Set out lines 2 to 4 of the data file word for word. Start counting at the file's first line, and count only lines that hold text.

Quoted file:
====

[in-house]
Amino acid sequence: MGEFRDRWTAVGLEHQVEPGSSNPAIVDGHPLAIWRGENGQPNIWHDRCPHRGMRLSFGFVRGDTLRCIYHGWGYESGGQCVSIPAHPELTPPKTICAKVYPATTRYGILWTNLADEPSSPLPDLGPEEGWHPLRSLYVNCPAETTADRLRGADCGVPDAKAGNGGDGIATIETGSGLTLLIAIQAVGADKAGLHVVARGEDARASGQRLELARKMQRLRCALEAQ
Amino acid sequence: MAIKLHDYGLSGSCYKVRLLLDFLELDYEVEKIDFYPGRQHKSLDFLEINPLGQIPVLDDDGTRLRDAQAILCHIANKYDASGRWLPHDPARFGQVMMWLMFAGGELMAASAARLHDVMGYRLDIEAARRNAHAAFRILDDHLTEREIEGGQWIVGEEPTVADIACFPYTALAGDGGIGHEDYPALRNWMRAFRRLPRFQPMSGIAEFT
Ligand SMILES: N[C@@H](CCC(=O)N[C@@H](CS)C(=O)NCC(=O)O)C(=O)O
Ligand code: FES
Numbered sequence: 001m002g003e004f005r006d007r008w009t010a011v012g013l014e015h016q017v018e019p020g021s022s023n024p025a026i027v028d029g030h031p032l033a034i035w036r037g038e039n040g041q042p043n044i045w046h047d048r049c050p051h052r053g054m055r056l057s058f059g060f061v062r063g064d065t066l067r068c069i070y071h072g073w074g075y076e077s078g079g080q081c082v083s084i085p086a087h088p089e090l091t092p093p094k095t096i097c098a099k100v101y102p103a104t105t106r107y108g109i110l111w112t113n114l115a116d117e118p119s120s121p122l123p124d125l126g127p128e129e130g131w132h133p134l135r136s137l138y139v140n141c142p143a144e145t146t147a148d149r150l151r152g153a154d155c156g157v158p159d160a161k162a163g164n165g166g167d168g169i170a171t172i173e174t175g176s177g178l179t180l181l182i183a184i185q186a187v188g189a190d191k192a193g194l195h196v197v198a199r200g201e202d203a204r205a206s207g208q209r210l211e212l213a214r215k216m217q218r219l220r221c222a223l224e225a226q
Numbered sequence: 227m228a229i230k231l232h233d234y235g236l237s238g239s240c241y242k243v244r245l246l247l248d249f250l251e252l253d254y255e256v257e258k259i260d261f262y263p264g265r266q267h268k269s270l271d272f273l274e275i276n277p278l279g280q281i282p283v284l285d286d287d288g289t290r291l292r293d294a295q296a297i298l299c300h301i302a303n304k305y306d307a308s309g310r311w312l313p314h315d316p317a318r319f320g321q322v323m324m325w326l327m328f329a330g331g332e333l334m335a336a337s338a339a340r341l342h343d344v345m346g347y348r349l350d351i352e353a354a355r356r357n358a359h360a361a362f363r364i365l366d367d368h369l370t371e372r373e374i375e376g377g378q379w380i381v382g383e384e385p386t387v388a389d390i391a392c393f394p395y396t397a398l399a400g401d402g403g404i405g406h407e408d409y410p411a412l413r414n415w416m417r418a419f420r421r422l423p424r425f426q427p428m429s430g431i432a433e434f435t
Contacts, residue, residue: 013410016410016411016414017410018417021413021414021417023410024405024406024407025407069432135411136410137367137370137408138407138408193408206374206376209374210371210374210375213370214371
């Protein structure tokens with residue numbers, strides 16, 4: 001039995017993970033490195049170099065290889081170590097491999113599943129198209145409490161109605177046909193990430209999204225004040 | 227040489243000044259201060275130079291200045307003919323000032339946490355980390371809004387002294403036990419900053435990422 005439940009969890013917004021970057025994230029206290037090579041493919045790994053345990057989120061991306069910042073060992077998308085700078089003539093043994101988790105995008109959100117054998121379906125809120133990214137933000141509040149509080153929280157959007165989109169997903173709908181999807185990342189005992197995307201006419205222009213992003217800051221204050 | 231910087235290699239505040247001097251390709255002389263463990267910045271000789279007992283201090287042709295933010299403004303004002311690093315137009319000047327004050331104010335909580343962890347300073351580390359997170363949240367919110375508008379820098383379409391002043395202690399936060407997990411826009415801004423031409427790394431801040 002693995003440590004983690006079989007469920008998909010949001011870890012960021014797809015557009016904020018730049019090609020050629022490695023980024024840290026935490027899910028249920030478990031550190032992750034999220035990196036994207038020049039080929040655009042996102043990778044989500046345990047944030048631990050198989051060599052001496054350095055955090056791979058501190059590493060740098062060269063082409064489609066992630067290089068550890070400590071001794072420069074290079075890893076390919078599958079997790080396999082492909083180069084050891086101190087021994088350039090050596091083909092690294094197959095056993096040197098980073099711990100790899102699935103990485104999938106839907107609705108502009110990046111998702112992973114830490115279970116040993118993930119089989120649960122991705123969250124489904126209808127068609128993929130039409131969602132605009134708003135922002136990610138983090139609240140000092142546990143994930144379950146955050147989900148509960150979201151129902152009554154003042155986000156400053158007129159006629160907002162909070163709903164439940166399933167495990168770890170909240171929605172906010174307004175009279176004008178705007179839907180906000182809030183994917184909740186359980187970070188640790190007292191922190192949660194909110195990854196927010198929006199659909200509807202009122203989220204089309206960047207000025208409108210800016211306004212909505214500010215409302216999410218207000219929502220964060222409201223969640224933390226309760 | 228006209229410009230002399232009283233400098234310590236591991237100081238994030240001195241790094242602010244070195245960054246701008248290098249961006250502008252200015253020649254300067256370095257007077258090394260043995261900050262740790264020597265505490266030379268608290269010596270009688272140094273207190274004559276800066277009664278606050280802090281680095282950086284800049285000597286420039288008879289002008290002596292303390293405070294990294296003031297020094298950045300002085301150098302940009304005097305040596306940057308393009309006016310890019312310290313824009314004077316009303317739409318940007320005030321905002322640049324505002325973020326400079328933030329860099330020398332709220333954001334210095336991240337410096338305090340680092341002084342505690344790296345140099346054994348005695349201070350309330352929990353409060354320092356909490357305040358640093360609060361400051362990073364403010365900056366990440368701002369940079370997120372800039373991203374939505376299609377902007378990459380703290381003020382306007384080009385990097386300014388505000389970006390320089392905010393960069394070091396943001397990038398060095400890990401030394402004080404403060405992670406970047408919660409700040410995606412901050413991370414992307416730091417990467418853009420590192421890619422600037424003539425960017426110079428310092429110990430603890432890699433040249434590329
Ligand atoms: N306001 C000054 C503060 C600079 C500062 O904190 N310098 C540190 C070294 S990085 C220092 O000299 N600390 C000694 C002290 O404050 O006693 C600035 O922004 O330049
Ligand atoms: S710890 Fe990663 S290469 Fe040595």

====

Amino acid sequence: MGEFRDRWTAVGLEHQVEPGSSNPAIVDGHPLAIWRGENGQPNIWHDRCPHRGMRLSFGFVRGDTLRCIYHGWGYESGGQCVSIPAHPELTPPKTICAKVYPATTRYGILWTNLADEPSSPLPDLGPEEGWHPLRSLYVNCPAETTADRLRGADCGVPDAKAGNGGDGIATIETGSGLTLLIAIQAVGADKAGLHVVARGEDARASGQRLELARKMQRLRCALEAQ
Amino acid sequence: MAIKLHDYGLSGSCYKVRLLLDFLELDYEVEKIDFYPGRQHKSLDFLEINPLGQIPVLDDDGTRLRDAQAILCHIANKYDASGRWLPHDPARFGQVMMWLMFAGGELMAASAARLHDVMGYRLDIEAARRNAHAAFRILDDHLTEREIEGGQWIVGEEPTVADIACFPYTALAGDGGIGHEDYPALRNWMRAFRRLPRFQPMSGIAEFT
Ligand SMILES: N[C@@H](CCC(=O)N[C@@H](CS)C(=O)NCC(=O)O)C(=O)O